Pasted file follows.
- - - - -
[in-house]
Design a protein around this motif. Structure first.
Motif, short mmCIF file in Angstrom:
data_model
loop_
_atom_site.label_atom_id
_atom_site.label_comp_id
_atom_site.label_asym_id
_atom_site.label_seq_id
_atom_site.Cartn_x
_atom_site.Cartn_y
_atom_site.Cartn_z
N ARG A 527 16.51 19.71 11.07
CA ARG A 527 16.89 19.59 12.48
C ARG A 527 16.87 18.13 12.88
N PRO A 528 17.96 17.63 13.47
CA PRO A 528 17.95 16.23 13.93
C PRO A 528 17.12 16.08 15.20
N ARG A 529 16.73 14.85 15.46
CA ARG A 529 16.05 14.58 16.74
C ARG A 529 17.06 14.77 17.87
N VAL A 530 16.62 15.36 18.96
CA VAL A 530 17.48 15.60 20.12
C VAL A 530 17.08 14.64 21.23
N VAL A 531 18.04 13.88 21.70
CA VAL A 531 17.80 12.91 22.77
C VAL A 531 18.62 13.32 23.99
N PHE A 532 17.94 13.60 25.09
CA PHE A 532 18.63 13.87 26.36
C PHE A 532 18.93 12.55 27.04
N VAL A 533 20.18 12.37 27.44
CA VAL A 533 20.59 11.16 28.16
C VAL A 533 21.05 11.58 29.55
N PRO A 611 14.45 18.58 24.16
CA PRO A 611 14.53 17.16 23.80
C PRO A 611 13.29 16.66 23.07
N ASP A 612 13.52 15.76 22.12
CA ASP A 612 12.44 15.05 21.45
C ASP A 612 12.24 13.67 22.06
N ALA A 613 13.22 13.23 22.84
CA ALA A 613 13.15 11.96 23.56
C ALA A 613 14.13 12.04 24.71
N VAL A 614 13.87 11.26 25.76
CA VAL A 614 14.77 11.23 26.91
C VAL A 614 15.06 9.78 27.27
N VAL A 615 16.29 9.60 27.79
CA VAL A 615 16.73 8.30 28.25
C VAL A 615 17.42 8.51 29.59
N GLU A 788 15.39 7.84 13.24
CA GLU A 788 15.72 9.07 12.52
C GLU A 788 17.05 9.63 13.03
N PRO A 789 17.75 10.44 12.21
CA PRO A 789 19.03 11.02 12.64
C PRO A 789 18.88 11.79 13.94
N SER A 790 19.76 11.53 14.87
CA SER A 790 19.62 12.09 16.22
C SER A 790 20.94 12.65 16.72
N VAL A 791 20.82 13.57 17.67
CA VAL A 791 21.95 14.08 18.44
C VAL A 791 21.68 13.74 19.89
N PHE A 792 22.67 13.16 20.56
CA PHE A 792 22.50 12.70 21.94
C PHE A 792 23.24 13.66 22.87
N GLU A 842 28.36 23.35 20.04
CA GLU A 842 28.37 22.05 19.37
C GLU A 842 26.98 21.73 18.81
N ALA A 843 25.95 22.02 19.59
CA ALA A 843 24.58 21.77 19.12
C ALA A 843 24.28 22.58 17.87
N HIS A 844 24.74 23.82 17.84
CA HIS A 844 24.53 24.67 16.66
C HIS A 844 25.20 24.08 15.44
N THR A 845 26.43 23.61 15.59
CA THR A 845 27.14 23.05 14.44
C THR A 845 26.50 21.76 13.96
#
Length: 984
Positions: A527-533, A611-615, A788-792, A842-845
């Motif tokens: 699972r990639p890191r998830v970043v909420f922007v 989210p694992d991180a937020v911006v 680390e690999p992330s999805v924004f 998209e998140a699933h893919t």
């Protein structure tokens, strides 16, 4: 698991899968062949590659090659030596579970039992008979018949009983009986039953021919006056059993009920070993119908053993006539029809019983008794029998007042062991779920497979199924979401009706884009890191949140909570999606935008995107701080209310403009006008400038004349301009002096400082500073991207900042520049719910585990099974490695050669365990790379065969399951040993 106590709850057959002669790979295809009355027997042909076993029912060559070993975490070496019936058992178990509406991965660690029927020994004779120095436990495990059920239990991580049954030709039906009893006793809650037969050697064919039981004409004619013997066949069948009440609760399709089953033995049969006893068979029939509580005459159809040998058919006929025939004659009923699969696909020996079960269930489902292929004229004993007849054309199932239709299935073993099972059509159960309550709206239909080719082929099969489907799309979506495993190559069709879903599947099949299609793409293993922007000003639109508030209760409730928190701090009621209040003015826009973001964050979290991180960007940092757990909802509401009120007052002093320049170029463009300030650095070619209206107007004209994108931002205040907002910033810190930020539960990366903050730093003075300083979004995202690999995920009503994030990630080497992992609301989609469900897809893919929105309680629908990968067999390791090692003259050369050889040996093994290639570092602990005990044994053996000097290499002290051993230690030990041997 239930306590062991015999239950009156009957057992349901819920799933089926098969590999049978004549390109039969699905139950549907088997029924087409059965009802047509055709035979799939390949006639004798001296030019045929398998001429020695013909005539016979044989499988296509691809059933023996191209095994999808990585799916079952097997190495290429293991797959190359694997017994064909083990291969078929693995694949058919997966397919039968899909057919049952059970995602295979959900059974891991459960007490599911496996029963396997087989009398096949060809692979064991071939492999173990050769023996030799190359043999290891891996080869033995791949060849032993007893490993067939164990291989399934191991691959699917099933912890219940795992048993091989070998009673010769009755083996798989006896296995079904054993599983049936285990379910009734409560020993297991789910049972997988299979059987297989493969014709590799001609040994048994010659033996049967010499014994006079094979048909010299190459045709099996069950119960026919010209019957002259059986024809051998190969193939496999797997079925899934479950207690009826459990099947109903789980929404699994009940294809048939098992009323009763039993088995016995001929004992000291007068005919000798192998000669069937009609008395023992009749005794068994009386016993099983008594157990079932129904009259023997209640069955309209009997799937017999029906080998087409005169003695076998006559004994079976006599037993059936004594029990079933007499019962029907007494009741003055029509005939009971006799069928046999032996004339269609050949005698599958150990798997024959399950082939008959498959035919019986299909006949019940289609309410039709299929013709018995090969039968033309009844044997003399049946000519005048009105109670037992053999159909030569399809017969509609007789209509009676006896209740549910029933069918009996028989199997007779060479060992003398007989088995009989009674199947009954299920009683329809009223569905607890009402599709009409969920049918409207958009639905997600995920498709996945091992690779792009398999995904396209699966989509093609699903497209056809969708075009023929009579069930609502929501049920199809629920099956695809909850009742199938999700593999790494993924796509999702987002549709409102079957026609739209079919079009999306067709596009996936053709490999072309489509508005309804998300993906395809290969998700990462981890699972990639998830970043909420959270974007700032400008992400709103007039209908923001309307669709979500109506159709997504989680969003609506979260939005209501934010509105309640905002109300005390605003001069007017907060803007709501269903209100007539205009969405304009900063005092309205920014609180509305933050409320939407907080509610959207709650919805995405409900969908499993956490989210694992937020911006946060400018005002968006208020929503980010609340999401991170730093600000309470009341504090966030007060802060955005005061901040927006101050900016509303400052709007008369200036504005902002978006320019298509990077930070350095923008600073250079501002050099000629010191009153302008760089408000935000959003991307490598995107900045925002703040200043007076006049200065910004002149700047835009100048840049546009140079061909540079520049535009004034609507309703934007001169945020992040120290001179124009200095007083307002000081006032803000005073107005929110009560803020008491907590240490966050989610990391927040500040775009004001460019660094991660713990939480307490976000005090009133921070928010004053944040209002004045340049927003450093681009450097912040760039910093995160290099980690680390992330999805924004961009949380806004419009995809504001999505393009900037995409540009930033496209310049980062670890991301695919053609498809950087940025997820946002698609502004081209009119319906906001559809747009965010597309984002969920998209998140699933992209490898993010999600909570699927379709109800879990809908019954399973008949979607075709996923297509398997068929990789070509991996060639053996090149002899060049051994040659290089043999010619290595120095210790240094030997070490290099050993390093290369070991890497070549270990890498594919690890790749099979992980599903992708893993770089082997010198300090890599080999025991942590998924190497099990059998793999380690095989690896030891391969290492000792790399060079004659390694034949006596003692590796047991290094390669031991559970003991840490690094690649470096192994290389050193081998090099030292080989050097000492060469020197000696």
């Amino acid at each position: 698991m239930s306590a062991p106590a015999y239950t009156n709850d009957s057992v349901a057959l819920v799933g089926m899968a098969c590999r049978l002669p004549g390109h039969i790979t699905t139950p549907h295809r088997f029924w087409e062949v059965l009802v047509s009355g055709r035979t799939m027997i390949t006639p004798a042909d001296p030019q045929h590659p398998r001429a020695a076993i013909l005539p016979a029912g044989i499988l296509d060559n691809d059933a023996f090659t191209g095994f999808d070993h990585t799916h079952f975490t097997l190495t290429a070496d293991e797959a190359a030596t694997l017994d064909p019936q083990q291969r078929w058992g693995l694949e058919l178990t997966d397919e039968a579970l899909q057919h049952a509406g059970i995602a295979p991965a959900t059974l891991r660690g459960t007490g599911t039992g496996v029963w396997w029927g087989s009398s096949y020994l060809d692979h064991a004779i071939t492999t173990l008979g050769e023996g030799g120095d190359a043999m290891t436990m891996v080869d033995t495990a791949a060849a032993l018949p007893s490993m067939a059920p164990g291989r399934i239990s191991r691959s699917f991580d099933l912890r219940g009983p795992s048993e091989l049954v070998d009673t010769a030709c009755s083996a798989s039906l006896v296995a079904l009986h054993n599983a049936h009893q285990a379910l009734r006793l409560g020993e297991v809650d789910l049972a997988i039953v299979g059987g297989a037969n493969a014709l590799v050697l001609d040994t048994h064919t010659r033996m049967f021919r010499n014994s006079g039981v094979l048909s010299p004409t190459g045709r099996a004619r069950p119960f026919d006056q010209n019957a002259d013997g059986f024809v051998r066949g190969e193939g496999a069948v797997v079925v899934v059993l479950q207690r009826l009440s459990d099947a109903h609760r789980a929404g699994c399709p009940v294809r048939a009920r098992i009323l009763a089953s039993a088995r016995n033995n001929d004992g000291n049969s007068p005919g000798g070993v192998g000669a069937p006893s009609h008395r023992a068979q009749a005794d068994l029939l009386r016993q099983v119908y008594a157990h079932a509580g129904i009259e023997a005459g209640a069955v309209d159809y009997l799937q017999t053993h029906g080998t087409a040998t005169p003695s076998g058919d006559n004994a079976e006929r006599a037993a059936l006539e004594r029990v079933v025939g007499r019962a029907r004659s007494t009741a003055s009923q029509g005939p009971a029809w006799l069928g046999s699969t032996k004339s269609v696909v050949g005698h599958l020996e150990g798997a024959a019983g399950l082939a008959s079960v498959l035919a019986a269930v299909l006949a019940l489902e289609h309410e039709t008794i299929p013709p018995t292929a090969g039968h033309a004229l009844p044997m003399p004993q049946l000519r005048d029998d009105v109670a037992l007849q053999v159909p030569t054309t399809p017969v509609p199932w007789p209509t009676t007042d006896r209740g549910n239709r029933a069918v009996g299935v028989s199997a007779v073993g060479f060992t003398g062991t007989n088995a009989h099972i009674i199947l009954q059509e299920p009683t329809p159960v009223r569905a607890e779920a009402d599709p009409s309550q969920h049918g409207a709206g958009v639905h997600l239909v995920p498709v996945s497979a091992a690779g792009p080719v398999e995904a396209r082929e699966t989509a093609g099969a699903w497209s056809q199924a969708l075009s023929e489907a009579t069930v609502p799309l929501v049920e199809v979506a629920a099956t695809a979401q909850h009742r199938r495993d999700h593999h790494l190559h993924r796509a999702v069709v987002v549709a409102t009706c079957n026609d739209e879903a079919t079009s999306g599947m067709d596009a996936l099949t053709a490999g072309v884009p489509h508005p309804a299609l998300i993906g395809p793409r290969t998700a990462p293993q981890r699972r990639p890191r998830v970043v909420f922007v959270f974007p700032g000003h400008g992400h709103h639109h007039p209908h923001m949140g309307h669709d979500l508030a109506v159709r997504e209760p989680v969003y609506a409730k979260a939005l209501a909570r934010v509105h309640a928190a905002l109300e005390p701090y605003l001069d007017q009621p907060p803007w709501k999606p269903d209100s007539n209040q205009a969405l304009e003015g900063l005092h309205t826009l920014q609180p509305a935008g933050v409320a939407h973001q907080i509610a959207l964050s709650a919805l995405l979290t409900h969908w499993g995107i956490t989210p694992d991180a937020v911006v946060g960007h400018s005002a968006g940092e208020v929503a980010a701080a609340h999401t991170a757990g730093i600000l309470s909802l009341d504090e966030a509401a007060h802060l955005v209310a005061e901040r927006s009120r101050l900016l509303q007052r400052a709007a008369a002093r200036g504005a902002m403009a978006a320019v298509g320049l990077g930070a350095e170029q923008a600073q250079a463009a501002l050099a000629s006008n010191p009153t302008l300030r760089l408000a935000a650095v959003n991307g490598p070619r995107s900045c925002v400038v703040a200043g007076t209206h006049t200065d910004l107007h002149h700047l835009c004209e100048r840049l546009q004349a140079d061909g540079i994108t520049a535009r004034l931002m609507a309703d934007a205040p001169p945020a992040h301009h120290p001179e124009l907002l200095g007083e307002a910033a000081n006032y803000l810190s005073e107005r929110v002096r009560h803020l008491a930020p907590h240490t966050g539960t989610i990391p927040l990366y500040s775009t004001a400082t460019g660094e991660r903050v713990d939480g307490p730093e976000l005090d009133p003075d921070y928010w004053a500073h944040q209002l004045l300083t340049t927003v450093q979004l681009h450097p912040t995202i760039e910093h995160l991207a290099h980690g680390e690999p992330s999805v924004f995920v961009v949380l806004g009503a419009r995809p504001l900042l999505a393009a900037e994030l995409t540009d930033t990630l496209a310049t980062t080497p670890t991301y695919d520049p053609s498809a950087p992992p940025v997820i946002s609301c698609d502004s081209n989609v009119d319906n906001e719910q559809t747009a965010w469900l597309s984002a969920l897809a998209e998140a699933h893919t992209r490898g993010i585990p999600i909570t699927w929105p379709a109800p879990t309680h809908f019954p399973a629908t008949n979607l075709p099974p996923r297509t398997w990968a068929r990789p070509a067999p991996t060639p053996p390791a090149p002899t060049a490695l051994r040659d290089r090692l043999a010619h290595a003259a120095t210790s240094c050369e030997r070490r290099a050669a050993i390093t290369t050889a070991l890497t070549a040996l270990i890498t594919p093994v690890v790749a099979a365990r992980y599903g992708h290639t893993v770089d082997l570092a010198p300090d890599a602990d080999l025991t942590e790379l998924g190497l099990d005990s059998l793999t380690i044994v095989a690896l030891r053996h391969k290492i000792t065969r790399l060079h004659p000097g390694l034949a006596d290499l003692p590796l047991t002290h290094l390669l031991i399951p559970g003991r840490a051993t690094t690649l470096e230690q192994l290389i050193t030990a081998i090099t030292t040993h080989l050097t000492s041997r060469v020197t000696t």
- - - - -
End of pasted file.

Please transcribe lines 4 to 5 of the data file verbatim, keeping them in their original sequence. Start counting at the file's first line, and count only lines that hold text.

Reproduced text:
data_model
loop_